MINNEAPOLIS -- There will be another terrorist attack and it will be worse than anyone can imagine, Michael Osterholm told more than 300 environmental health experts.
The nationally recognized bioterrorism expert said it could be anthrax, smallpox or an attack on the nation's food and water supply. But Osterholm said the impact could be many times that of the World Trade Center attacks.
It's not the first time Osterholm has warned of another attack. Since last September, he's been outspoken in arguing for better emergency preparedness in case of a biological attack.
On Sunday, in a "Scared Straight!"-type speech at the National Environmental Health Association conference, Osterholm's message took on a sense of urgency. He listed various methods terrorists could use to damage the country's psyche, and how health experts need to step up to the new challenges.
His opinion carries substantial weight in Washington, where he is a special adviser to Health and Human Services Secretary Tommy Thompson.
Osterholm issued a stern warning: "Don't be surprised."
He said the Sept. 11 attacks made him uncomfortable, but not in the same way as others. "What was making me feel so uneasy was that everybody was surprised. We should have never been surprised. ... You damn well better not be surprised when the next one happens because it could be involving you in a much larger way," he said.
Osterholm, director of the University of Minnesota's Center for Infectious Disease Research and Policy and a former state epidemiologist, called the five anthrax deaths last fall a "tragic dry run for what could happen tomorrow."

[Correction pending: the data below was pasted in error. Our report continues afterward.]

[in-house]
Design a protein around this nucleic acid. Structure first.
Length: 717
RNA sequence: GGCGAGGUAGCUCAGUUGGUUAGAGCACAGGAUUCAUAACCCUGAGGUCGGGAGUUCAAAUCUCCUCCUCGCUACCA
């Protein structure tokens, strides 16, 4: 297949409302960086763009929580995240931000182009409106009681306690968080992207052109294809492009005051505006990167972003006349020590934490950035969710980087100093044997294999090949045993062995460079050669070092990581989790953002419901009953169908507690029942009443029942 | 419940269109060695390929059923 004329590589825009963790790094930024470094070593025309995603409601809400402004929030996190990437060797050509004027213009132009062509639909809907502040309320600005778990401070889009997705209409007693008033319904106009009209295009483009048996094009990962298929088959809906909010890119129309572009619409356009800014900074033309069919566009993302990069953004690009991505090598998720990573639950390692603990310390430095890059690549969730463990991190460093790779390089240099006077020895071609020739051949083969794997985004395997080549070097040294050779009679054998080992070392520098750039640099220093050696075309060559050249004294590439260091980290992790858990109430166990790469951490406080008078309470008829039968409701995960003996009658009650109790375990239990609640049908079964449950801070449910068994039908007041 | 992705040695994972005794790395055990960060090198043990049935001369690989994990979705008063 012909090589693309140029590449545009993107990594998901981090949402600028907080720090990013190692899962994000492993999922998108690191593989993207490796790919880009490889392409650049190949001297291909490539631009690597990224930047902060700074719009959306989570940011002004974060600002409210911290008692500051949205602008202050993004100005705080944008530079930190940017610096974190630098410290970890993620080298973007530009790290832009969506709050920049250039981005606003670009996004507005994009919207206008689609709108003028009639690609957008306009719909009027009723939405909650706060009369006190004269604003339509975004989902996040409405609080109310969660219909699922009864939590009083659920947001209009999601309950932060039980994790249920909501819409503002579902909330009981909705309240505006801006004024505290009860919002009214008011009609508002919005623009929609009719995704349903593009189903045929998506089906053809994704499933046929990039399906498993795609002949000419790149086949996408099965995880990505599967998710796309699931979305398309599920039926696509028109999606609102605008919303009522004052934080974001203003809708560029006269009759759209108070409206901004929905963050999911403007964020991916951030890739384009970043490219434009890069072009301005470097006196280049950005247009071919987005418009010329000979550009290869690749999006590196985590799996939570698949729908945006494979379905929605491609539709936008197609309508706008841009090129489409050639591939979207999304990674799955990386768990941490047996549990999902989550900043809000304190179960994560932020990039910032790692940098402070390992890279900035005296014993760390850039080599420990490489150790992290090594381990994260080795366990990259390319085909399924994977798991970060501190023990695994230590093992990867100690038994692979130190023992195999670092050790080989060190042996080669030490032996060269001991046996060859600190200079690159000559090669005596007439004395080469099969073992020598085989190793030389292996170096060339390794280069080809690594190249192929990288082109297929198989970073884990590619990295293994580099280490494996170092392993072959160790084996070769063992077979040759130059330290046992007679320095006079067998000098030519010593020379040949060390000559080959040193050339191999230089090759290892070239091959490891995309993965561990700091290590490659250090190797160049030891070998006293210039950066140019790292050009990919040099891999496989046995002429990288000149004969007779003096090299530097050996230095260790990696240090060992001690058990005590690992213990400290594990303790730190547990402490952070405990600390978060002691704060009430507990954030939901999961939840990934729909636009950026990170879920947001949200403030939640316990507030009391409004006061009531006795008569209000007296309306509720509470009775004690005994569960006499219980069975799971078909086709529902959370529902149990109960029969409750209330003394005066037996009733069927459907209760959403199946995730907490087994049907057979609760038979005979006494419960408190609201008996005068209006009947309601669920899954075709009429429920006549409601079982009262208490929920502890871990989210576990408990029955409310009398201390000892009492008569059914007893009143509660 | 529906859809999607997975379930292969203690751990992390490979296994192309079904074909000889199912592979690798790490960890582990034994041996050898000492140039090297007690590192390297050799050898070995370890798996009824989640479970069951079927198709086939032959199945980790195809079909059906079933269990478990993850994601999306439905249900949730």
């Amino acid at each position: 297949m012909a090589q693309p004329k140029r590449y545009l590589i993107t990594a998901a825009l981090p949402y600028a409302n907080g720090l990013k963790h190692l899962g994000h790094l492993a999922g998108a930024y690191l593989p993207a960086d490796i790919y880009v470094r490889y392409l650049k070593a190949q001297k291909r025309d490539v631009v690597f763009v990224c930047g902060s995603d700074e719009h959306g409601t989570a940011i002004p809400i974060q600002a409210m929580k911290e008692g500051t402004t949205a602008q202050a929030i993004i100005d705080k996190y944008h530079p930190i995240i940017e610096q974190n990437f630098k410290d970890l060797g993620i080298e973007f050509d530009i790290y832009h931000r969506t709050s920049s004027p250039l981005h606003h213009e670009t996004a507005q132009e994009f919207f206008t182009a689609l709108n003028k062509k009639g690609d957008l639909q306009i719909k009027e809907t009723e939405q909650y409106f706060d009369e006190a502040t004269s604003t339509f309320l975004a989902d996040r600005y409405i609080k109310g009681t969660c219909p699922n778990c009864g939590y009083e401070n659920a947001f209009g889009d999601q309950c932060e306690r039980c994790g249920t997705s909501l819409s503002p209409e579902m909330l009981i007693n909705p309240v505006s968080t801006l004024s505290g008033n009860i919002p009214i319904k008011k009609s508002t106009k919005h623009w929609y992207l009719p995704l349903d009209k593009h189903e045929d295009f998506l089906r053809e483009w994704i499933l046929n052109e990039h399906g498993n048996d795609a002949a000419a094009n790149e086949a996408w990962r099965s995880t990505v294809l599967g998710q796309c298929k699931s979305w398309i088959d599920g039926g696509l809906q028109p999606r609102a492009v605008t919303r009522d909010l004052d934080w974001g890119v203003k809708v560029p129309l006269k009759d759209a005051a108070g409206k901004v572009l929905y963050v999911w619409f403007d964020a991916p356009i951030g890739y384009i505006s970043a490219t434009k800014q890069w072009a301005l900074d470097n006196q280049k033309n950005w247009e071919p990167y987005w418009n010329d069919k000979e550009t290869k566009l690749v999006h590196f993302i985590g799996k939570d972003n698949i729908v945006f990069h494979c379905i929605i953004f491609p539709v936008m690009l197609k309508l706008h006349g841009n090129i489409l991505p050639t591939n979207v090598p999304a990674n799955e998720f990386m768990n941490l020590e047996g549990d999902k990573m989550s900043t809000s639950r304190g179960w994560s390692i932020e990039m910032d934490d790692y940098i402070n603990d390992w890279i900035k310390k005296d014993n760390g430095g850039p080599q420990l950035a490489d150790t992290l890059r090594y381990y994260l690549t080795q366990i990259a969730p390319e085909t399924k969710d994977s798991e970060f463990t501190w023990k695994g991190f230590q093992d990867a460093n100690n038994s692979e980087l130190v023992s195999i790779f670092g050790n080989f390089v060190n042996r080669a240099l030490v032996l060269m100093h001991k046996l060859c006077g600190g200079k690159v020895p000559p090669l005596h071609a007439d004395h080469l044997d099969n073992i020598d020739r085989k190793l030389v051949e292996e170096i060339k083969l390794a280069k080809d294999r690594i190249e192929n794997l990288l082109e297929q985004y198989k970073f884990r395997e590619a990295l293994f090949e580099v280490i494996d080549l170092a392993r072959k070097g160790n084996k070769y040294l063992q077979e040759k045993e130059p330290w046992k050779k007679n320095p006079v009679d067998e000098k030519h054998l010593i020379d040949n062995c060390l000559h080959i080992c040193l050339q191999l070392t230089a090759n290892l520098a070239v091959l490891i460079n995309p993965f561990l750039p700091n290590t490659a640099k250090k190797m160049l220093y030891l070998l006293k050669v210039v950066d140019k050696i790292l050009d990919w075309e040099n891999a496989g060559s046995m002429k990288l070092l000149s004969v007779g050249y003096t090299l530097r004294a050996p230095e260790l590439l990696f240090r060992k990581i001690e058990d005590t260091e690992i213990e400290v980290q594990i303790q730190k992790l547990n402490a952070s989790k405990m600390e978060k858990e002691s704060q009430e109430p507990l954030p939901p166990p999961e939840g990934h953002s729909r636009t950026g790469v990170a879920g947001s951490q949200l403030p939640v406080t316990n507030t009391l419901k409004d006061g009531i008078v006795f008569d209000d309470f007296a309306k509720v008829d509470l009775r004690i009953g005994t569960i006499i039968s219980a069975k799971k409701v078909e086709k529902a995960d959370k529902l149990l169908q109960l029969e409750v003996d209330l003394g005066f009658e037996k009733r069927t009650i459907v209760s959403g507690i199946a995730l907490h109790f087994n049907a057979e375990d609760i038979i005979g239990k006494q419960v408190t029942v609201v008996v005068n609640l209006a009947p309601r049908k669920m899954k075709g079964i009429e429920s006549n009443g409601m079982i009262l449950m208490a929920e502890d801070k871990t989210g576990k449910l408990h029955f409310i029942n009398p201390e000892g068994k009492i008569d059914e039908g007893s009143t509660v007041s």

The culprit has already done the hard part, creating the bullet, he said. "Whoever made this powder, made material that was as good as we've ever seen in any biological weapons program ever," Osterholm said.
For example, if the perpetrator placed five tablespoons of anthrax spores in an office building's ventilation system, thousands could be affected before authorities even knew what was going on, he said.
Another well-documented example would be placing botulinum toxin in a tanker truck full of unpasteurized milk and then running it through the system. "You wouldn't have enough body bags in Minnesota to handle that event if it occurred here," Osterholm said. "That kind of situation does exist."
Osterholm is calling for a restructuring of the nation's environmental health system. He said there are more than 4,000 departments around the country and it gets to be too many mouths at the trough for government funds.
"We are long overdue in this country for a major overhaul in our public health system," said Osterholm, author of "Living Terrors," a recently published book about the bioterror threat.
The industry also needs 15,000 new professionals to rejuvenate it with new and better ideas, he said.
"We need some rabble-rousers," Osterholm said. "We need some people willing to shake the system ... We get too comfortable telling ourselves what a good job we're doing."
Craig Gustafson may be reached at cgustafson(at)ap.org
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National Environmental Health Association: http://www.neha.org
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